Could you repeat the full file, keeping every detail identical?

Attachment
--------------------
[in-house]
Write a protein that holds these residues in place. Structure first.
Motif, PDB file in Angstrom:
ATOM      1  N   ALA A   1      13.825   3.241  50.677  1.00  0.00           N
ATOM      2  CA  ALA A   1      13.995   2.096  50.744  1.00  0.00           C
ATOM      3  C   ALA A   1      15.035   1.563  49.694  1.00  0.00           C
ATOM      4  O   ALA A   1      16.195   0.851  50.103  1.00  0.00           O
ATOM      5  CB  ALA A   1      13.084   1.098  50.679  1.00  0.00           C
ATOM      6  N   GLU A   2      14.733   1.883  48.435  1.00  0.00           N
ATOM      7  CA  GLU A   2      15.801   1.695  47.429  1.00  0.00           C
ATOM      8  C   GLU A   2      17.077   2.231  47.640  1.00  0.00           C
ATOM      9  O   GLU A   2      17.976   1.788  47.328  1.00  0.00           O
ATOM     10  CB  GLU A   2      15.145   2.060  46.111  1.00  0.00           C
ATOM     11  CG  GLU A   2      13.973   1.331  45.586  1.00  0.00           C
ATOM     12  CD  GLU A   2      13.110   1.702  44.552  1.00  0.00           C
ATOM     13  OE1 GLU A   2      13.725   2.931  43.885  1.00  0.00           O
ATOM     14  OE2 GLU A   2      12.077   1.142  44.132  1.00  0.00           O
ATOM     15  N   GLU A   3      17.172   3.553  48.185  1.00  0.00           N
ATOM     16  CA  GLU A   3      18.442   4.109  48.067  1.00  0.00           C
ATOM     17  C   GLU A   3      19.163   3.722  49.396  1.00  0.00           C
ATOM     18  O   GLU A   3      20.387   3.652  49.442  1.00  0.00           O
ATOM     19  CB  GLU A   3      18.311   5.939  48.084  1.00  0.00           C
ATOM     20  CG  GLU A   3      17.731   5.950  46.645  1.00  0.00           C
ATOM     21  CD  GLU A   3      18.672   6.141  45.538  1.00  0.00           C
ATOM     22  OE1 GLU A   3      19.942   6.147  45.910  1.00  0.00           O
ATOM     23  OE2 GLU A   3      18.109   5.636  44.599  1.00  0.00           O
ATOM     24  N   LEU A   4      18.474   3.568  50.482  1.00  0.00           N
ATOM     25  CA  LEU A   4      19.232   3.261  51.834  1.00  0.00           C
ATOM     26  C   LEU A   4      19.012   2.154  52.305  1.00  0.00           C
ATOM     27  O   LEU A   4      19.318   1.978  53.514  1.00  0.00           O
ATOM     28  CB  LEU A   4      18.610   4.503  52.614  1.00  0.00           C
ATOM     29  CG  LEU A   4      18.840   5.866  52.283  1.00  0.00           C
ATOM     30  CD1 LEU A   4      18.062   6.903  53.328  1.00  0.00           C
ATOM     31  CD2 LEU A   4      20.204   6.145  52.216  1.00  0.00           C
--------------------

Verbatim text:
[in-house]
Write a protein that holds these residues in place. Structure first.
Motif, PDB file in Angstrom:
ATOM      1  N   ALA A   1      13.825   3.241  50.677  1.00  0.00           N
ATOM      2  CA  ALA A   1      13.995   2.096  50.744  1.00  0.00           C
ATOM      3  C   ALA A   1      15.035   1.563  49.694  1.00  0.00           C
ATOM      4  O   ALA A   1      16.195   0.851  50.103  1.00  0.00           O
ATOM      5  CB  ALA A   1      13.084   1.098  50.679  1.00  0.00           C
ATOM      6  N   GLU A   2      14.733   1.883  48.435  1.00  0.00           N
ATOM      7  CA  GLU A   2      15.801   1.695  47.429  1.00  0.00           C
ATOM      8  C   GLU A   2      17.077   2.231  47.640  1.00  0.00           C
ATOM      9  O   GLU A   2      17.976   1.788  47.328  1.00  0.00           O
ATOM     10  CB  GLU A   2      15.145   2.060  46.111  1.00  0.00           C
ATOM     11  CG  GLU A   2      13.973   1.331  45.586  1.00  0.00           C
ATOM     12  CD  GLU A   2      13.110   1.702  44.552  1.00  0.00           C
ATOM     13  OE1 GLU A   2      13.725   2.931  43.885  1.00  0.00           O
ATOM     14  OE2 GLU A   2      12.077   1.142  44.132  1.00  0.00           O
ATOM     15  N   GLU A   3      17.172   3.553  48.185  1.00  0.00           N
ATOM     16  CA  GLU A   3      18.442   4.109  48.067  1.00  0.00           C
ATOM     17  C   GLU A   3      19.163   3.722  49.396  1.00  0.00           C
ATOM     18  O   GLU A   3      20.387   3.652  49.442  1.00  0.00           O
ATOM     19  CB  GLU A   3      18.311   5.939  48.084  1.00  0.00           C
ATOM     20  CG  GLU A   3      17.731   5.950  46.645  1.00  0.00           C
ATOM     21  CD  GLU A   3      18.672   6.141  45.538  1.00  0.00           C
ATOM     22  OE1 GLU A   3      19.942   6.147  45.910  1.00  0.00           O
ATOM     23  OE2 GLU A   3      18.109   5.636  44.599  1.00  0.00           O
ATOM     24  N   LEU A   4      18.474   3.568  50.482  1.00  0.00           N
ATOM     25  CA  LEU A   4      19.232   3.261  51.834  1.00  0.00           C
ATOM     26  C   LEU A   4      19.012   2.154  52.305  1.00  0.00           C
ATOM     27  O   LEU A   4      19.318   1.978  53.514  1.00  0.00           O
ATOM     28  CB  LEU A   4      18.610   4.503  52.614  1.00  0.00           C
ATOM     29  CG  LEU A   4      18.840   5.866  52.283  1.00  0.00           C
ATOM     30  CD1 LEU A   4      18.062   6.903  53.328  1.00  0.00           C
ATOM     31  CD2 LEU A   4      20.204   6.145  52.216  1.00  0.00           C